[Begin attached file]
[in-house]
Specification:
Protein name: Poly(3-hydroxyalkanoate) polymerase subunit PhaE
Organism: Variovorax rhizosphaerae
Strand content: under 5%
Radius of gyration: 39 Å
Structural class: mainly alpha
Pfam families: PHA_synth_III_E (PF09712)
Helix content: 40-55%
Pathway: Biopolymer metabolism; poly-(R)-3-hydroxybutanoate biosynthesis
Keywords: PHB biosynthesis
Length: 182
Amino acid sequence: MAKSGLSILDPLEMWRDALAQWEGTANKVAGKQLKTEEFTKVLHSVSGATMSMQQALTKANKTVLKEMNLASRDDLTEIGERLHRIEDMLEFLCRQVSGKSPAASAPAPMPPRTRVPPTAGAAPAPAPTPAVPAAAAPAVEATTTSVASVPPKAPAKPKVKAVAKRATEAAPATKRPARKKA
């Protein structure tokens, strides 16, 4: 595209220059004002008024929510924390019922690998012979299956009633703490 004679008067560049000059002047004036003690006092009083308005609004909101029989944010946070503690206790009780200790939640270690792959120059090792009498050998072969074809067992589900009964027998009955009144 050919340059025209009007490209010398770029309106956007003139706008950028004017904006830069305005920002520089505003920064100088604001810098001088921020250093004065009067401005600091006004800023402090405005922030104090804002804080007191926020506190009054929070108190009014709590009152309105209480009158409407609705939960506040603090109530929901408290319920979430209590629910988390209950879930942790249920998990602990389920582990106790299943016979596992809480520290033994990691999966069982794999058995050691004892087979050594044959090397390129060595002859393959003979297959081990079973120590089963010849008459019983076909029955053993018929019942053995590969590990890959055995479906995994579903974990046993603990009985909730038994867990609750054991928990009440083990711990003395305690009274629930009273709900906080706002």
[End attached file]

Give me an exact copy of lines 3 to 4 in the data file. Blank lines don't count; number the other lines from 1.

Protein name: Poly(3-hydroxyalkanoate) polymerase subunit PhaE
Organism: Variovorax rhizosphaerae